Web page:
Lisa says

July 26, 2015 at 3:34 am

Thank you for all of your wonder tips :)Now to pick your brain further lolWe just purchased a open concept raised ranch and the banister (with the wood railings) are looking over the foyer. Our concern is that the way the living room is situated we have no choice but to put the couch against the banister which is a huge risk for our little one to fall over the banister down a story into the foyerWe were going to build a wall (drywall) to keep ours kids safe from any potential accidents but was wondering if there’;s a better way to keep the open conceptness of the houseThanks again :)

Jess Miller says

July 27, 2015 at 12:57 am

Hi Lisa,

I am just having one problem: Visualizing your staircase.

Is it possible to email over a picture of your staircase (or a similar staircase if you are uncomfortable sharing photos of your home) and I will see if I can identify a suitable solution?

Keep being awesome!

elizabeth williams says

November 7, 2015 at 1:13 pm

i have iron rails how do i find a top of the stair baby gate that is compatible

Sharon says

November 12, 2015 at 4:54 am

We have a wooden banister on one side and a wall on the other. The wall has a railing attached to it. The railing is blocking the gate to be attached to the banister. There is a wall beyond the banister but that is about 68 inches from the wall with the railing. What do you suggest? Thanks.

Richard Rucker says

January 21, 2016 at 1:33 pm

I used a 2×;4 and large zip ties 20 years ago –; and it worked great. I believe it would work for your reader with the iron stair railing. The other thing I did was install a small spring loaded self-closing device on the mounted gate. This is because inevitably someone is going through the gate with their hands full or simply in a hurry, and they forget to close the gate. No matter how well it is mounted, an open gate is as good as no gate at all.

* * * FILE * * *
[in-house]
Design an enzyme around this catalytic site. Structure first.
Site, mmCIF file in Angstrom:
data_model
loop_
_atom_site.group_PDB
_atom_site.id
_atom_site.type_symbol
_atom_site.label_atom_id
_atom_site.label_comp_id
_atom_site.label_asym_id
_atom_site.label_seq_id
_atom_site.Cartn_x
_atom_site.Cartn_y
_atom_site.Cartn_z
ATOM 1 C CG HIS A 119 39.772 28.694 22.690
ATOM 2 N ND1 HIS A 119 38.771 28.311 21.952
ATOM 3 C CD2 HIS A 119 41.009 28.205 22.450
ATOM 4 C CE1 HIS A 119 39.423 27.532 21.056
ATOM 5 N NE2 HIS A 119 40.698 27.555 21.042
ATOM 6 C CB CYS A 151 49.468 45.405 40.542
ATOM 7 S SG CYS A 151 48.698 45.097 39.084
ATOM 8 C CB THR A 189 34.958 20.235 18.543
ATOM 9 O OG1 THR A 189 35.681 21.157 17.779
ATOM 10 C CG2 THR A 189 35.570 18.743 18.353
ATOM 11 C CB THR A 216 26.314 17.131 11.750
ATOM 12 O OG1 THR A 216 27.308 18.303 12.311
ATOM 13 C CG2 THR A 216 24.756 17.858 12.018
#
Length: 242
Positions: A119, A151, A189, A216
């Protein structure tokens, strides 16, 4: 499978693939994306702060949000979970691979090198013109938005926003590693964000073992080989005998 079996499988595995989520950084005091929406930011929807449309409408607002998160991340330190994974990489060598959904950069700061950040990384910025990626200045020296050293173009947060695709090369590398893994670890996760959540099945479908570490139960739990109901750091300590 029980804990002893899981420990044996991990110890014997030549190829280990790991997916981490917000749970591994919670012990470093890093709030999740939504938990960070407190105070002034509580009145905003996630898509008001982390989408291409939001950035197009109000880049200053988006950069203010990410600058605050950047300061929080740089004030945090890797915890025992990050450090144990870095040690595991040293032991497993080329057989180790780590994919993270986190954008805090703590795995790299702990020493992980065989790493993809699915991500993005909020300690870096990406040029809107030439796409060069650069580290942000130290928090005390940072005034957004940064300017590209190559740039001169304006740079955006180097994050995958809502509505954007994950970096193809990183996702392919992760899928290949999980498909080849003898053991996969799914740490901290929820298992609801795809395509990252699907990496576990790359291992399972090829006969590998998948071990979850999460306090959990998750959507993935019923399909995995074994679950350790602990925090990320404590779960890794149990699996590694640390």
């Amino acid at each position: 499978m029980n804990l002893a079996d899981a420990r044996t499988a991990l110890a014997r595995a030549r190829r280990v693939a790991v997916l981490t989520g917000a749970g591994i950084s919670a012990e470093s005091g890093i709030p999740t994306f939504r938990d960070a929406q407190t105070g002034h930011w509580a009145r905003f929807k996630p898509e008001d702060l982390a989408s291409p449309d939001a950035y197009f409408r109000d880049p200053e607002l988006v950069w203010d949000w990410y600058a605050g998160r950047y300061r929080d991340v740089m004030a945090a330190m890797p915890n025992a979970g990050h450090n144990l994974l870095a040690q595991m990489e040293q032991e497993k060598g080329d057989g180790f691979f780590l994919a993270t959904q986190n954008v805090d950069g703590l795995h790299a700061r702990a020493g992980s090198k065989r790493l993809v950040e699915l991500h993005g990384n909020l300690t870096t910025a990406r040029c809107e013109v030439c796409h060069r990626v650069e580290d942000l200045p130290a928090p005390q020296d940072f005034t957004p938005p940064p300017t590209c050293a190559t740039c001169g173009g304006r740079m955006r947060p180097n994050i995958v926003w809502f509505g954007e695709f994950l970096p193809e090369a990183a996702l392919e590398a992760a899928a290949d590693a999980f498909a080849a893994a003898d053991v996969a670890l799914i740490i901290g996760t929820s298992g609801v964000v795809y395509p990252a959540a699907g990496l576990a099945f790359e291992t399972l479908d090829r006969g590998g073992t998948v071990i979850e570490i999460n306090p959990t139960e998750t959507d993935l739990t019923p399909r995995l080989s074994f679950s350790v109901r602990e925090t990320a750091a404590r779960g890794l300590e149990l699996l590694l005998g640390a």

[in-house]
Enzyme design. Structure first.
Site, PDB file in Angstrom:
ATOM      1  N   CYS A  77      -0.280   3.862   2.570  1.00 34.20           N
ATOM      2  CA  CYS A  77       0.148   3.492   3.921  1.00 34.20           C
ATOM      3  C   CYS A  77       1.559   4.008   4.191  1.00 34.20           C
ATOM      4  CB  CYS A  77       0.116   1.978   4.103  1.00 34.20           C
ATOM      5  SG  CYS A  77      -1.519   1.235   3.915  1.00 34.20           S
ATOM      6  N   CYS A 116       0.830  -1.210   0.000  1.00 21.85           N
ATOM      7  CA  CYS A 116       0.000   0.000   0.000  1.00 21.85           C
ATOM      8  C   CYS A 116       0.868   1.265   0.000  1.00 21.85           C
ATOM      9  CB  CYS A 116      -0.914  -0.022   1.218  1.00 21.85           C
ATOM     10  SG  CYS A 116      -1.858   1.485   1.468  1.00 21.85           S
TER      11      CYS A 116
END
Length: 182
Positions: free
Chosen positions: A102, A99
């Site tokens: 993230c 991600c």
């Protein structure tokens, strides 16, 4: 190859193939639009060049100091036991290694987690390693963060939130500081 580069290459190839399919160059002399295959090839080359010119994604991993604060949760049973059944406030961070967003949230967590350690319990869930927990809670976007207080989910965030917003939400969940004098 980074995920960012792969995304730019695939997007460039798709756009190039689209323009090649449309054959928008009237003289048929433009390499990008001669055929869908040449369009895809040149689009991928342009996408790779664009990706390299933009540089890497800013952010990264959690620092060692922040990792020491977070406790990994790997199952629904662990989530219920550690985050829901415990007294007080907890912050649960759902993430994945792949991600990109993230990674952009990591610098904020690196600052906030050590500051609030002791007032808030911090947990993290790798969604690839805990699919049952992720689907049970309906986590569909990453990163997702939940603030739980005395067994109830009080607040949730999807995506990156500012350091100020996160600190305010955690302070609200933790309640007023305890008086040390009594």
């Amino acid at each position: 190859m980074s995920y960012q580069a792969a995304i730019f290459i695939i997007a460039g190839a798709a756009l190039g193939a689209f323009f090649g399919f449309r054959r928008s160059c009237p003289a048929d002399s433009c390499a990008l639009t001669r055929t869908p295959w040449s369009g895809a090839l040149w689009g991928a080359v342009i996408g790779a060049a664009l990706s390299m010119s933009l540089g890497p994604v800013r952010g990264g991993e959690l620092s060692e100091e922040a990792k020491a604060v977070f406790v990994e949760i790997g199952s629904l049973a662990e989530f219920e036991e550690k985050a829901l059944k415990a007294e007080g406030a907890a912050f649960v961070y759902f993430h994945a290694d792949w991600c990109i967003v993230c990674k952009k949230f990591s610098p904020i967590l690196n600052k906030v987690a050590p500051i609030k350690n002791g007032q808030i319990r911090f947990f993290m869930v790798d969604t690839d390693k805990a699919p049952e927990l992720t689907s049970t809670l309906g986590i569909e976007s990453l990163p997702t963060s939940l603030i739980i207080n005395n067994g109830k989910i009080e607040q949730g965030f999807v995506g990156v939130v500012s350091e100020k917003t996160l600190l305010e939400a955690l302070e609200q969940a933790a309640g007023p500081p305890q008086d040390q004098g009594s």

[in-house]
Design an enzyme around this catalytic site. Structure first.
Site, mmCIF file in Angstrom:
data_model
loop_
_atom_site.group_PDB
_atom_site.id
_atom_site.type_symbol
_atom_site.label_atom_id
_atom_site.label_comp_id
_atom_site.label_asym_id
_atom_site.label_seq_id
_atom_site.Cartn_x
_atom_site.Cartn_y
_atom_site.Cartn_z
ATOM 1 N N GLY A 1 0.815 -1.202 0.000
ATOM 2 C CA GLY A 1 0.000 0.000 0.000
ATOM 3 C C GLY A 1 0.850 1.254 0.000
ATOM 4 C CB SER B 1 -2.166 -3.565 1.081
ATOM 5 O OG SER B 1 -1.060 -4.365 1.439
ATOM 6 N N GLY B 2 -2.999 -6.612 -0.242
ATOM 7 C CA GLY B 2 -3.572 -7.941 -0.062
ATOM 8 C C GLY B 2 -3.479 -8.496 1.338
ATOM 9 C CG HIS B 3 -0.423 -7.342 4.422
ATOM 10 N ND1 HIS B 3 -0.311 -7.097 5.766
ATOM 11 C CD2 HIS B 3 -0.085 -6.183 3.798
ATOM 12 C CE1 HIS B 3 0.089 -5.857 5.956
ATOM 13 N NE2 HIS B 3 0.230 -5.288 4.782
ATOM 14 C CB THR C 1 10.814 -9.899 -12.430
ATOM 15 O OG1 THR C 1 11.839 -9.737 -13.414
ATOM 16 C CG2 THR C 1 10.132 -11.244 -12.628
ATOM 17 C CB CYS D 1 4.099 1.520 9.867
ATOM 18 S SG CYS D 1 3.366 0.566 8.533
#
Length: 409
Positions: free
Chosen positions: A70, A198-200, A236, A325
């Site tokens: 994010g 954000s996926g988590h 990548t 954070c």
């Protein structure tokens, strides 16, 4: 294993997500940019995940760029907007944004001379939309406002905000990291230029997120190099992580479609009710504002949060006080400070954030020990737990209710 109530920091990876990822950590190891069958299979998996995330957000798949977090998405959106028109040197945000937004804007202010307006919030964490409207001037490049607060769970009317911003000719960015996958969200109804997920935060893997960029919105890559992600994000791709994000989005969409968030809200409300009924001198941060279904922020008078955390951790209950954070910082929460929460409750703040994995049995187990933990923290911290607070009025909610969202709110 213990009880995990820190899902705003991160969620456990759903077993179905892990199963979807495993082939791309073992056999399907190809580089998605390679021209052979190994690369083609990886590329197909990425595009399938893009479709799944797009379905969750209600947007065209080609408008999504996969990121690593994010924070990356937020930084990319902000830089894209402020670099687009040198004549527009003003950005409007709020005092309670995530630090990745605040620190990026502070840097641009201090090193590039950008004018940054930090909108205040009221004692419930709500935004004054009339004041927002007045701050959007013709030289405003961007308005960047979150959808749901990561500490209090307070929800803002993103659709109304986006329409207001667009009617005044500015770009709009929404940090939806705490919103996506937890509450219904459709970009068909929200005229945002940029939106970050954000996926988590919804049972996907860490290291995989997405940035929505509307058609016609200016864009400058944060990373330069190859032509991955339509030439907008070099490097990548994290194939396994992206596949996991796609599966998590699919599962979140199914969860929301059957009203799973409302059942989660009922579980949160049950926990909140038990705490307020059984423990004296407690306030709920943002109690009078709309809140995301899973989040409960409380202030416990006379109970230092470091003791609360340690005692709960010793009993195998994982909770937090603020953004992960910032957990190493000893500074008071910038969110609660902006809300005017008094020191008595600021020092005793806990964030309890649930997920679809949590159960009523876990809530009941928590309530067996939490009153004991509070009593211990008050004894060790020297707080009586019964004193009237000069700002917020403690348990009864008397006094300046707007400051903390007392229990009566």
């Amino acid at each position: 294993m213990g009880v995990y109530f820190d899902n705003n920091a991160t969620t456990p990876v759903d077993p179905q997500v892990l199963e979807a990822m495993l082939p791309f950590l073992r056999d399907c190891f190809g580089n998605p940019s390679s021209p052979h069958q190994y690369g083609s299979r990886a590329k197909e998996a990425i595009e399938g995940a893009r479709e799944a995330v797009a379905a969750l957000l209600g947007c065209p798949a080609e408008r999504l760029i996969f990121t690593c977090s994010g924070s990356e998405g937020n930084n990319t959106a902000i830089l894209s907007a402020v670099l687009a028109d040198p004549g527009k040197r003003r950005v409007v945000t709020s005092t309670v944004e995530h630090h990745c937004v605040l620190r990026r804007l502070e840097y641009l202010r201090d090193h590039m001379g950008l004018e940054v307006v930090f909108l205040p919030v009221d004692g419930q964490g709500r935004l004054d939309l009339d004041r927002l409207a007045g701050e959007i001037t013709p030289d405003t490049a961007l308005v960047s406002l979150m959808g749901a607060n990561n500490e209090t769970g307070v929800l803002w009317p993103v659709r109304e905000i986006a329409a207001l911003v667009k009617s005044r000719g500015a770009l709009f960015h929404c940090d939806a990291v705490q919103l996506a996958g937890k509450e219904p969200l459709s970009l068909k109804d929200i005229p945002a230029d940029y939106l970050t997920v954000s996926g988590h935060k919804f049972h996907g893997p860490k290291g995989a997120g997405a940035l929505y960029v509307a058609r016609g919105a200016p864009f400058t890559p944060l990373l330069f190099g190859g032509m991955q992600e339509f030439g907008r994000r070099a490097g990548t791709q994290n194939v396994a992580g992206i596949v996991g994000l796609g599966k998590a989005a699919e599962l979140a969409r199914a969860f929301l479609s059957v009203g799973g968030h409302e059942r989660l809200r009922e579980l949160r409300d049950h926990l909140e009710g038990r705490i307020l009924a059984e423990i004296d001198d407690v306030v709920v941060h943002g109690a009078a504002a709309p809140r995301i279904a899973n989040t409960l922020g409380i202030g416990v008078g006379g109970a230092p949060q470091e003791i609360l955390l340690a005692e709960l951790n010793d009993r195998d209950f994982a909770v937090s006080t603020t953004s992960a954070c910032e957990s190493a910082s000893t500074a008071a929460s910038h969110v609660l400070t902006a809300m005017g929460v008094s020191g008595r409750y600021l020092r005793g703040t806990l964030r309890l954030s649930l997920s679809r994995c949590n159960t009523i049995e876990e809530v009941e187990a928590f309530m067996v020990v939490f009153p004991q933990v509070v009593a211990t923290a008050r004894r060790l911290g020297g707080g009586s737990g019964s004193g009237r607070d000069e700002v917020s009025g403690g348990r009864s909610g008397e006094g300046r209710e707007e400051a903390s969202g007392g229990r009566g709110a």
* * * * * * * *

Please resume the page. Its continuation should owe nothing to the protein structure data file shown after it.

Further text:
Jessica says

April 19, 2016 at 2:45 am

Hi. My daughter just turned 2 in February. Her bedroom is upstairs and we have a metal baby gate that screws to the wall to keep her in her room and prevent her from coming down the stairs. We have taught her how to go up and down the stairs safely but children trip alot and don’;t pay attention to where they are going and I am scared to death of her falling down the stairs. Last week she figured out how to open the gate and has been coming downstairs by herself. Do you have any suggestions to keep her from using the stairs without our knowledge (she gives no warning that she has woken up or anything). I thought about a different gate that she doesn’;t know how to use but it would only be a matter of a short while before she figured that out too. We can’;t close her door because we don’;t have central heat and air. I’;m at a loss and scared!

Dave says

May 8, 2016 at 4:32 pm

Our staircase has trim at the bottom making the baby gate not able to fully pressure lock at the top. Our kids have found that they can just push the top and climb over the gate. Any ideas on what else we can do to keep them off the stairs?

Michael Minoff says

May 30, 2016 at 8:48 pm

Worried grandpa trying to decide which gate is best. Top of stairs have the wall on one side (right side as you go up); and metal bannister on Left side as you come up small portion of L-shape staircase. Which gate best attaches to a small metal post? Looked online at Dream Baby, Safety 1st, North States, and have an extra Kidco G2000. Thanks much for any assistance!

starr says

December 25, 2016 at 6:10 pm

I live in a bilevel home and my staircase is right there when you open the door to the living room area. I have a wall on one side and the railing on the other. The problem is I cannot seem to find a fence that I can mount on the railing side.This railing is mounted into the floor and its way too narrow to mount anything on it.Could I possibly screw post there so I can mount a safety fence. My little one just started walking and the stair although only 6 is a danger

Minerva says

March 21, 2017 at 5:15 am

Hi,

I love in a 3 story home and from the top floor I can see my basement. My stairs are circular all the way down. My fear is the little one goes over and ends up in the basement. How do I protect him. My family suggested to make a net. I don’;t know what to do.